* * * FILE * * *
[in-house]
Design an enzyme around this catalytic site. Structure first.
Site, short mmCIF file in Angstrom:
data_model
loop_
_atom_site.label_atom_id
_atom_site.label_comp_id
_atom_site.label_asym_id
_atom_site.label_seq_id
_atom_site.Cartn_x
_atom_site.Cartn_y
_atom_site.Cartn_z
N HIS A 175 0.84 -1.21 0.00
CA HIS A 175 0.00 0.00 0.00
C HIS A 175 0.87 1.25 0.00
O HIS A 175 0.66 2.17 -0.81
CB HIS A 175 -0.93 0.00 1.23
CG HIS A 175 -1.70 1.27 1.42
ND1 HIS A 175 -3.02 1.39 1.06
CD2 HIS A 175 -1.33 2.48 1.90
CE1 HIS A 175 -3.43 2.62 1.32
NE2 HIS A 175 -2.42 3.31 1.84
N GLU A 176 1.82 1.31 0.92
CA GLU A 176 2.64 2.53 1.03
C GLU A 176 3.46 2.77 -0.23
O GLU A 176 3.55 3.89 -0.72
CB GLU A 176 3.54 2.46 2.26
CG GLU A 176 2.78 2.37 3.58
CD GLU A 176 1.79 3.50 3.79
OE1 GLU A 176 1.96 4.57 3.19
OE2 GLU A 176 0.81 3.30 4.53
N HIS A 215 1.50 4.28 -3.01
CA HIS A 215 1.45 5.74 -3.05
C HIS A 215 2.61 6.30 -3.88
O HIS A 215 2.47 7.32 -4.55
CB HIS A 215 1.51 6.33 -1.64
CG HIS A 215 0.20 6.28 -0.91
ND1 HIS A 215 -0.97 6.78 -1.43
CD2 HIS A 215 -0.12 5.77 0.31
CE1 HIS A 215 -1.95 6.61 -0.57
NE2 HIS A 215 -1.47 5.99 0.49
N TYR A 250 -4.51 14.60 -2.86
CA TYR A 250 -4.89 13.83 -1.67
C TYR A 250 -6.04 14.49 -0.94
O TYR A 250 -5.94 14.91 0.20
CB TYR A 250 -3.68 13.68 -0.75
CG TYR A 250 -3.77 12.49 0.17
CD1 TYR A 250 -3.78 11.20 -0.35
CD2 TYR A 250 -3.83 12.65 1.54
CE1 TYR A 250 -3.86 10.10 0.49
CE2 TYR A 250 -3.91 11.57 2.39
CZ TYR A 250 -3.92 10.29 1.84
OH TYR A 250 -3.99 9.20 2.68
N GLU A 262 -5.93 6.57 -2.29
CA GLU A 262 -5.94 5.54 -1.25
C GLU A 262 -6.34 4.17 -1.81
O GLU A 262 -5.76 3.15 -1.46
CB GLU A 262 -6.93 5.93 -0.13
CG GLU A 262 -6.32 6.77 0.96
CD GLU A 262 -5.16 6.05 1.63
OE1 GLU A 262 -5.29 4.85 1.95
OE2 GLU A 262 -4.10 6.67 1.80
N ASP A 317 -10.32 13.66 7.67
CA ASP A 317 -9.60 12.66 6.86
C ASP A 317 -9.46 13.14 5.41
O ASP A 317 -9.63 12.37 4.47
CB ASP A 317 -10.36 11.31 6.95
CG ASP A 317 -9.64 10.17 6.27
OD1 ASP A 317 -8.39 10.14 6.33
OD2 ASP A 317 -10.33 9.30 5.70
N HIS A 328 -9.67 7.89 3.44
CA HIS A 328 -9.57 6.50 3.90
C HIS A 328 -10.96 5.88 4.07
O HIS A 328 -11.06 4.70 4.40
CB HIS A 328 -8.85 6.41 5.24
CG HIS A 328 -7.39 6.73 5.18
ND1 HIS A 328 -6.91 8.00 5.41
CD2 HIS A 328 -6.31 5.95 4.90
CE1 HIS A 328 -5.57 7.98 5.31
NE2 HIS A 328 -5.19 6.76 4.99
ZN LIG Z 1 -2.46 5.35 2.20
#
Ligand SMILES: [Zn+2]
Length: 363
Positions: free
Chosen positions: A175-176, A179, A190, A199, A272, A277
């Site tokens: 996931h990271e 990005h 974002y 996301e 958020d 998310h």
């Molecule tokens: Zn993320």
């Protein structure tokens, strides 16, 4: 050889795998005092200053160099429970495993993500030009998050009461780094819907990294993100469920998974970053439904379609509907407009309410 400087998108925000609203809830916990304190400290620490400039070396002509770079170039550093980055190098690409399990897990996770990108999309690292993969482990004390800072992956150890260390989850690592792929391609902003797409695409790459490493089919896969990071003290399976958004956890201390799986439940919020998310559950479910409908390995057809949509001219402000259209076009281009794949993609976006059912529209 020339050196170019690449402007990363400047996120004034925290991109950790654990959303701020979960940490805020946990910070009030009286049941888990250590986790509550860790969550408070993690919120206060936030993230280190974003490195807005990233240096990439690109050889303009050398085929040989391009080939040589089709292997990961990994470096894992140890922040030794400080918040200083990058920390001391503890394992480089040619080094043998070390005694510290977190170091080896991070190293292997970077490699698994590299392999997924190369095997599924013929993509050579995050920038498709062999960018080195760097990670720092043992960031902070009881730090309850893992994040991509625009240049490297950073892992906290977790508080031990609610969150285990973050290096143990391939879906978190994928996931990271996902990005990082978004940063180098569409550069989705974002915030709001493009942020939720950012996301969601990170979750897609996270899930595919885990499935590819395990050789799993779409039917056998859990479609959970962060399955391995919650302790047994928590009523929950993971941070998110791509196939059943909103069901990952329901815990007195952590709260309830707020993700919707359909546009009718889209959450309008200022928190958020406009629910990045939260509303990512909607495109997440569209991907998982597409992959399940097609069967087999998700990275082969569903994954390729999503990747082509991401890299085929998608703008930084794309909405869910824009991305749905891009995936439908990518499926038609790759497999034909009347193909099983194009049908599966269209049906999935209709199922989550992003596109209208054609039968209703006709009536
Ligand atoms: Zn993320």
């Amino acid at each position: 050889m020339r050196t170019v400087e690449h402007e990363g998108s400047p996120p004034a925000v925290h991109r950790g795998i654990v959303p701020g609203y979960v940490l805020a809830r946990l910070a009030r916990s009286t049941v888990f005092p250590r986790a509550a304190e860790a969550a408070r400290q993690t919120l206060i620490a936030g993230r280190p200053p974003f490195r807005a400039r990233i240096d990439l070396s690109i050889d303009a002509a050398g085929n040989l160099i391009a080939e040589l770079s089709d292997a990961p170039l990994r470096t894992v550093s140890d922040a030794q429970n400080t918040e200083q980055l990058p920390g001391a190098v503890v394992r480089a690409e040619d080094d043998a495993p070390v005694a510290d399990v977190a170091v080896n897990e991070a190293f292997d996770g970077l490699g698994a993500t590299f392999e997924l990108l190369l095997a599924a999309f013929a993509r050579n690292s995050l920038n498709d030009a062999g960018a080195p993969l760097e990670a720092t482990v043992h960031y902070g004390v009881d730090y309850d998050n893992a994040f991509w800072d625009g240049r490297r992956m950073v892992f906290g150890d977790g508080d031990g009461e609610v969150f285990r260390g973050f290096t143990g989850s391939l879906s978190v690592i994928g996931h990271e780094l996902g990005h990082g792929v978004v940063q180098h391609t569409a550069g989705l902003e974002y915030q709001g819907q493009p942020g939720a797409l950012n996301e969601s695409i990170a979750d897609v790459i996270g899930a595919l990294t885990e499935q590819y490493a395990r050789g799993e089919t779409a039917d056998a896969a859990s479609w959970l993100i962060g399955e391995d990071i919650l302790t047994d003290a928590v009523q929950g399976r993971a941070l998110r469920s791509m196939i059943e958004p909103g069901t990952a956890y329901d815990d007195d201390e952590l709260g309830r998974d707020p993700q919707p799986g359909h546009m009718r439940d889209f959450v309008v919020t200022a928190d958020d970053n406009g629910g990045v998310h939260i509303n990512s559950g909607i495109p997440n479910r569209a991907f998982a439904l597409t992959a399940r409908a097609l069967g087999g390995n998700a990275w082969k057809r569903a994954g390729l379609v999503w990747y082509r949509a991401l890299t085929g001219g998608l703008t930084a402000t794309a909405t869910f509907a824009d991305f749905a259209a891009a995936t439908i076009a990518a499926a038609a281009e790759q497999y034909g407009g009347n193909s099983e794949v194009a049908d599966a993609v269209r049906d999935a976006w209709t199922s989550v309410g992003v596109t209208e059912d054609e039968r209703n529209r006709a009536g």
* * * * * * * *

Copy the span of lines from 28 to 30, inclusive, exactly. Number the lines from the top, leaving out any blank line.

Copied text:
CG GLU A 176 2.78 2.37 3.58
CD GLU A 176 1.79 3.50 3.79
OE1 GLU A 176 1.96 4.57 3.19